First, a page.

**(1) **

More generally, if there exists a summable function φ(*t*) ≥ 0 such that |*xn*(*t*)| ≤ φ(*t*) for *n *= 1,2, …, the limit function is also summable and **(1) is still satisfied. **

If the functions *xn*(*t*) are summable in [*a,b*] and form a non-decreasing sequence which converges to the function *x*(*t*), then **(1) holds, when the function x(t) is summable, and **

otherwise.

If the sequence [*xn*(*t*)] of *p*th -power summable functions (*p *≥ 1) converges almost everywhere to the function *x*(*t*) and if

the function *x*(*t*) is also *p*th-power summable.

The class of functions which are *p*th-power summable (*p *> 1) in [*a,b*] will be denoted by *Lp*. To the number *p*, there corresponds the number *q*, connected with *p *by the **equation 1/ p + 1/q = 1, and known as the conjugate exponent of p. For p = 2, we have equally q = 2. **

If *x*(*t*) ∈ *Lp *and *y*(*t*) ∈ *Lq*, the function *x*(*t*)*y*(*t*) is summable and its integral obeys the inequality

In particular, we therefore have for *p *= 2:

If the functions *x*(*t*) and *y*(*t*) belong to *Lp*, so does the function *x*(*t*) + *y*(*t*) and we have:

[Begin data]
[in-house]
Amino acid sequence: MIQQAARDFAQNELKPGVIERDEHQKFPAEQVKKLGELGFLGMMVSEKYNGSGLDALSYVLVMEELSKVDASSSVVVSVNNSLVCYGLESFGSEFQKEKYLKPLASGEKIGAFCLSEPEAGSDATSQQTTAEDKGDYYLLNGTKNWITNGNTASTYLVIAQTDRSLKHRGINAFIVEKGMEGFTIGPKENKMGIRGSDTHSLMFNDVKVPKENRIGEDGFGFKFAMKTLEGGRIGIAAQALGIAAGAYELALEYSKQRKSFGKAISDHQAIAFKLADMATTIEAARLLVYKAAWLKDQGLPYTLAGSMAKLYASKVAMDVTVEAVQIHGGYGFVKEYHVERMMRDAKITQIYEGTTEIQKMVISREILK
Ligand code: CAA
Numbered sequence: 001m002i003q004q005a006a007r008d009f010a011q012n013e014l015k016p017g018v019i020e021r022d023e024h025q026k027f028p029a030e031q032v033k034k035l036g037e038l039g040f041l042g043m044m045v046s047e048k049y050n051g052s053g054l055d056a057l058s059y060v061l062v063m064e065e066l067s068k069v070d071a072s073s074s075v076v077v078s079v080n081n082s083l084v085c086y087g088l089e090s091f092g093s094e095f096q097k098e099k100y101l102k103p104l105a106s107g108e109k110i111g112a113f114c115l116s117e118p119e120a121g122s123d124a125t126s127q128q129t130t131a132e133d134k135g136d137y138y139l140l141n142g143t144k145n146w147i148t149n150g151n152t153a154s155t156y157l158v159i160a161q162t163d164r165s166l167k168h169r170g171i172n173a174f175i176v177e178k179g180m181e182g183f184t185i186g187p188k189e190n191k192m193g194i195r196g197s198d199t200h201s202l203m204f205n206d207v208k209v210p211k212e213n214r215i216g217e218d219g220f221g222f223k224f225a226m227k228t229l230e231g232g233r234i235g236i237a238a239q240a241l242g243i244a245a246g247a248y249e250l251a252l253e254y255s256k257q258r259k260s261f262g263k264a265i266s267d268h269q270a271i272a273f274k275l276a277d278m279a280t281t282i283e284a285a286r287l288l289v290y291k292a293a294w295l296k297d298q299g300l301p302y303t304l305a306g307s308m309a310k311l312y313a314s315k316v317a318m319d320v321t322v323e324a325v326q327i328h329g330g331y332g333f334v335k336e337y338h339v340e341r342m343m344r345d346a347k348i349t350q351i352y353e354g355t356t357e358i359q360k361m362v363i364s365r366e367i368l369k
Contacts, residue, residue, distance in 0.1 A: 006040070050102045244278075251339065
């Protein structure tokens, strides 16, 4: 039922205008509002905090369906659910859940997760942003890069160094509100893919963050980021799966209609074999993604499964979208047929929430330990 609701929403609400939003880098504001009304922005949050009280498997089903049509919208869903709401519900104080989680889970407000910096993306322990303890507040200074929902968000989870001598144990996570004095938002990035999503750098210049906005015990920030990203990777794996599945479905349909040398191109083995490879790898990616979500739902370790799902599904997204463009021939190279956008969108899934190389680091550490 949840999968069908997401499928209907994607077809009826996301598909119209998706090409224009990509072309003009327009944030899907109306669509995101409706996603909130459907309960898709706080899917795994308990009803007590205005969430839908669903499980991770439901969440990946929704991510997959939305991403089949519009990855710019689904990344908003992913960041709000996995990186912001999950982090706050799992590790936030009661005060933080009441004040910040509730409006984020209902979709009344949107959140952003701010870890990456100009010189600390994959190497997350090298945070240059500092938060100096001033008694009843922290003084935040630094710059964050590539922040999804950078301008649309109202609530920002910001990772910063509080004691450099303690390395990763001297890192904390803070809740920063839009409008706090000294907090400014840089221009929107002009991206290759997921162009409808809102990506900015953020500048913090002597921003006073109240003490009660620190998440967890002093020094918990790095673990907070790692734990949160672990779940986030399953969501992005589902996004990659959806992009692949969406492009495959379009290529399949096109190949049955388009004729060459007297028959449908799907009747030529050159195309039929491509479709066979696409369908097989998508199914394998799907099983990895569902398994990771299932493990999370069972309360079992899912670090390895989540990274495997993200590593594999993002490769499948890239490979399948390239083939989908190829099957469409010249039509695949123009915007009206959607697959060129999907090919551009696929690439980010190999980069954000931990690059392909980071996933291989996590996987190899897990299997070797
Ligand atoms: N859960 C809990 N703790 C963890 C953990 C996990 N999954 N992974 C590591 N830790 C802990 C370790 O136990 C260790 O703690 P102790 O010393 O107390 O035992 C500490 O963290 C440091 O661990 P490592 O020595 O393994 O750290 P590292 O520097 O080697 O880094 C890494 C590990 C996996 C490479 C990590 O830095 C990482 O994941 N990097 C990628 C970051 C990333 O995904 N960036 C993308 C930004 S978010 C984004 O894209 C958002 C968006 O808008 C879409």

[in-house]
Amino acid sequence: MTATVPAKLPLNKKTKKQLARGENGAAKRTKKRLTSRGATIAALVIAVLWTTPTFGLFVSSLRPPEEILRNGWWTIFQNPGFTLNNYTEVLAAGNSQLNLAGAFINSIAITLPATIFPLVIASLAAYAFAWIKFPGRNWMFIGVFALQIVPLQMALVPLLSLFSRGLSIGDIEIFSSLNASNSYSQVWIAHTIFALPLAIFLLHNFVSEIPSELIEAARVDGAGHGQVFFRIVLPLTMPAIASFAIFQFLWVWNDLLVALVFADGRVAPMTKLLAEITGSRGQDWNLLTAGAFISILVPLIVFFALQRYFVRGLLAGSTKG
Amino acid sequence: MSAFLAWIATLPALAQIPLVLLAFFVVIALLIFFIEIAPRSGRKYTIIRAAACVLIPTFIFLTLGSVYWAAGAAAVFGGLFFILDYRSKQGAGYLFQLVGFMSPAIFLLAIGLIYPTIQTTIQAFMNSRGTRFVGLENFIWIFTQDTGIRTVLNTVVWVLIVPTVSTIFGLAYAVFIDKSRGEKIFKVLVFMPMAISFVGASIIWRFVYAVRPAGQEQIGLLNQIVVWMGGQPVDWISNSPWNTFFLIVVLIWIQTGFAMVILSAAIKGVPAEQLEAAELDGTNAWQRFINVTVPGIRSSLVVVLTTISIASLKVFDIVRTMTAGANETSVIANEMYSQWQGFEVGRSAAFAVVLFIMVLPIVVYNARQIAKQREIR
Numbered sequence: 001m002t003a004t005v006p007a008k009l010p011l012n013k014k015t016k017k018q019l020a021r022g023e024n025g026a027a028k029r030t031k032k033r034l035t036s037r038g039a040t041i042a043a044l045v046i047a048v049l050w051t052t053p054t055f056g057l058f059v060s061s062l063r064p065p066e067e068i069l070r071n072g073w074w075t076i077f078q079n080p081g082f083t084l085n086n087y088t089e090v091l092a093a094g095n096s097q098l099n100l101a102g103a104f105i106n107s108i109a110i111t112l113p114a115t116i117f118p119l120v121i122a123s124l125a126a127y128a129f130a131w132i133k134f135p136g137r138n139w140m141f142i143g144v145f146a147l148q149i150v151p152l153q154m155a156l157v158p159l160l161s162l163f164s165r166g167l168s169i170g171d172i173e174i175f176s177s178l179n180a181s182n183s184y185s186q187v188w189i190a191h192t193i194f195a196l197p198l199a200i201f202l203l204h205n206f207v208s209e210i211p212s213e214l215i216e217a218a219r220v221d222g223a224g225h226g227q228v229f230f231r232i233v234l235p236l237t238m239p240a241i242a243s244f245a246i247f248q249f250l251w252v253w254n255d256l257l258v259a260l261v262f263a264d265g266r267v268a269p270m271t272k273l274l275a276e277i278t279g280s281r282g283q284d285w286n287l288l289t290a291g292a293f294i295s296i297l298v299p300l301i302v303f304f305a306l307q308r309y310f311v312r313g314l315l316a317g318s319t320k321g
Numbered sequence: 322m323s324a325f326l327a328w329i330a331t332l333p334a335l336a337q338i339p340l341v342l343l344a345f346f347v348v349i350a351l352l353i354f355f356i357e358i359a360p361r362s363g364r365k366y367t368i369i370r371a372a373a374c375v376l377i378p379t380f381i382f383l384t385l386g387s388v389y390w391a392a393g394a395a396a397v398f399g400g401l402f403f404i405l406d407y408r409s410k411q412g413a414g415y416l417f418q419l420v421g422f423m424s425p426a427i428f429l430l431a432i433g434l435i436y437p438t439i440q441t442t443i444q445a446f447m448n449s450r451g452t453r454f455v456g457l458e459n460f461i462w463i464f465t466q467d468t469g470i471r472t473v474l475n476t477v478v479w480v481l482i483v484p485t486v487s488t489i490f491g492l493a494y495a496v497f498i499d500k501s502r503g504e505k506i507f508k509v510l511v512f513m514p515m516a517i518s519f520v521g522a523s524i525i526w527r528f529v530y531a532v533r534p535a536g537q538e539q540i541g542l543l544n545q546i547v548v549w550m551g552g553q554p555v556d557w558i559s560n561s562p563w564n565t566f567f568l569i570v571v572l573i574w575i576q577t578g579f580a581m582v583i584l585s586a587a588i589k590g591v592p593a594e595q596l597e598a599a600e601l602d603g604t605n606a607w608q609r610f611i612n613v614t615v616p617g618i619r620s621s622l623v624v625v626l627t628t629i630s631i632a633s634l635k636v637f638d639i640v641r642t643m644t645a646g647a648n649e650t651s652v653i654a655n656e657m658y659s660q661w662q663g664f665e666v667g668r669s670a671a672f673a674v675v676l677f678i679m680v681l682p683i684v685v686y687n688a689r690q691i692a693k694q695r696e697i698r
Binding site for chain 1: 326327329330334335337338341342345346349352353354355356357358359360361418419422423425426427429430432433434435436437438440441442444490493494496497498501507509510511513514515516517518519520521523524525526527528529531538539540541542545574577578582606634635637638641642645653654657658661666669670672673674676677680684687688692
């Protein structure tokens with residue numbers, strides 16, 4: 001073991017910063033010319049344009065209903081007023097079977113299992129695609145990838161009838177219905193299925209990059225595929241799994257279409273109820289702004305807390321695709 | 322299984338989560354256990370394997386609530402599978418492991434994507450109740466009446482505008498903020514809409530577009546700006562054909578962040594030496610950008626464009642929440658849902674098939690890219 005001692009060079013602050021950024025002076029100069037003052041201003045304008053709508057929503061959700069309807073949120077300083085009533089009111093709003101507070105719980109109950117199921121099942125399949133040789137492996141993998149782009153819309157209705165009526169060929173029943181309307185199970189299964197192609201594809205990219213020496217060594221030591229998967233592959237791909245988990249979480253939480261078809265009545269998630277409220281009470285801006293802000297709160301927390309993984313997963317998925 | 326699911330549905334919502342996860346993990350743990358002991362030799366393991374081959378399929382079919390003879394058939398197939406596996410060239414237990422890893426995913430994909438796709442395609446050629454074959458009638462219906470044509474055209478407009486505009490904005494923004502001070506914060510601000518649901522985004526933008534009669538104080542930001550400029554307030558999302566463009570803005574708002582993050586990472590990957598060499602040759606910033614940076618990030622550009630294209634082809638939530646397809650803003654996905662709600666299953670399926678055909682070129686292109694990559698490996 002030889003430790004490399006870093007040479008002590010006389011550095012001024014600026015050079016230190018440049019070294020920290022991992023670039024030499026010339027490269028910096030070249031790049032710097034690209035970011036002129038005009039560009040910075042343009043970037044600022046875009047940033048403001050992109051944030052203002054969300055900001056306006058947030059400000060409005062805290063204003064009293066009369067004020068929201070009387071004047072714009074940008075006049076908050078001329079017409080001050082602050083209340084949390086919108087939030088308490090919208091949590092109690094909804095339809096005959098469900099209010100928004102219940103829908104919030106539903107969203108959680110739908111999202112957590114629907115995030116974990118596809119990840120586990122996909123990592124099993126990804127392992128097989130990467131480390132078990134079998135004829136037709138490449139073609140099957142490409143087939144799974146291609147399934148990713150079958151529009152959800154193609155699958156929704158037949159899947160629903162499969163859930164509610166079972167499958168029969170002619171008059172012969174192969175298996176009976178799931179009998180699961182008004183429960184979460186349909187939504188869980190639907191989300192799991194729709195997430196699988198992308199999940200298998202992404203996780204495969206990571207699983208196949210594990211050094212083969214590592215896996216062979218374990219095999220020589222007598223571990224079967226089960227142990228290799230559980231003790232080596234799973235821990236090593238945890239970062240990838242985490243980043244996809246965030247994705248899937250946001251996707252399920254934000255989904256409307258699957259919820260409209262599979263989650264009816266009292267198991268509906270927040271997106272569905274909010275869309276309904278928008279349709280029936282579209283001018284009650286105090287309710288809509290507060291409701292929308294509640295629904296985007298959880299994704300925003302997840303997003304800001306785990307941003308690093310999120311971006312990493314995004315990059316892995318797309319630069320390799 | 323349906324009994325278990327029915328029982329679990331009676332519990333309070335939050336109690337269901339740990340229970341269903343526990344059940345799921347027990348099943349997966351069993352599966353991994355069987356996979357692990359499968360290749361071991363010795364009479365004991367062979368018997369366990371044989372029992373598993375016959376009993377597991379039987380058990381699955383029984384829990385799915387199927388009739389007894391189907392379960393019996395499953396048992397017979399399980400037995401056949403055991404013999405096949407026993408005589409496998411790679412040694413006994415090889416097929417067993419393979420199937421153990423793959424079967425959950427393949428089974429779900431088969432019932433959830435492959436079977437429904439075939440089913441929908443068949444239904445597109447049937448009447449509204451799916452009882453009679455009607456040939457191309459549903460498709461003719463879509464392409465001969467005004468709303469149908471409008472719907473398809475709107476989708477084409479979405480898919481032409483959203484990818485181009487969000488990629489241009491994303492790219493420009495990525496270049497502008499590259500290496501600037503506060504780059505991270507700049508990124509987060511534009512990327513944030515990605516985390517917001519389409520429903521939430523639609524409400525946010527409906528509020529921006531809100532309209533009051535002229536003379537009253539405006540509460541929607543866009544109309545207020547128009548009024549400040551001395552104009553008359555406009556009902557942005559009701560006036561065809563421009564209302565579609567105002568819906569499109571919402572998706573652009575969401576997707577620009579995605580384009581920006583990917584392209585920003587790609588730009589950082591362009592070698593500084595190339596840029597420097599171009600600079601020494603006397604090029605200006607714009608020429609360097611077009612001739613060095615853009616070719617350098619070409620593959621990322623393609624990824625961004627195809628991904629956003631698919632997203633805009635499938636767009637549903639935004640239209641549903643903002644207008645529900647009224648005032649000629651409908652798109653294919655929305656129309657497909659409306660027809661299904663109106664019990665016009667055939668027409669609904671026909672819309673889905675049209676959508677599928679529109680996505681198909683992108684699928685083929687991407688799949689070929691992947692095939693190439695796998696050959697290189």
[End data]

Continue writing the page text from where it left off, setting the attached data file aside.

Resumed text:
These inequalities are analogues of the following arithmetic inequalities:

of which the first yields, for *p *= 2, the well-known Schwarz inequality:

For every *p*th-power summable function (*p *≥ 1) and every ε > 0 there exists a continuous function φ(*t*) such that

The sequence (*xn*(*t*)) of measurable functions defined on some set is said to be *asymptotically convergent *(or *convergent in measure*) to the function *x*(*t*) defined on the same set, if for each ε > 0

where *m*(*A*) stands for the (Lebesgue) measure of the set *A*.

A sequence (*xn*(*t*)) which is asymptotically convergent to the function *x*(*t*) always has a subsequence which converges pointwise to this function almost everywhere.

For a sequence (*xn*(*t*)) to be asymptotically convergent, it is necessary and sufficient that, for each ε > 0,

A sequence (*xn*(*t*)) of *p*th-power summable functions (*p *≥ 1) in [*a,b*] is said to be *p*th - power *mean convergent *to the *p*th - power summable function *x*(*t*) if

A necessary and sufficient condition for such a function *x*(*t*) to exist is that

The function *x*(*t*) is then uniquely defined in [*a,b*], up to a set of measure zero.

A sequence of functions which converges in mean to a function *x*(*t*) is also asymptotically convergent to this function and therefore (c.f. **§3) has a subsequence which converges pointwise to the same function almost everywhere. **

Let *x*(*t*) be a continuous function and α (*t*) a function of bounded variation in [*a,b*]. By taking a partition of the interval [*a,b*] into subintervals, using the numbers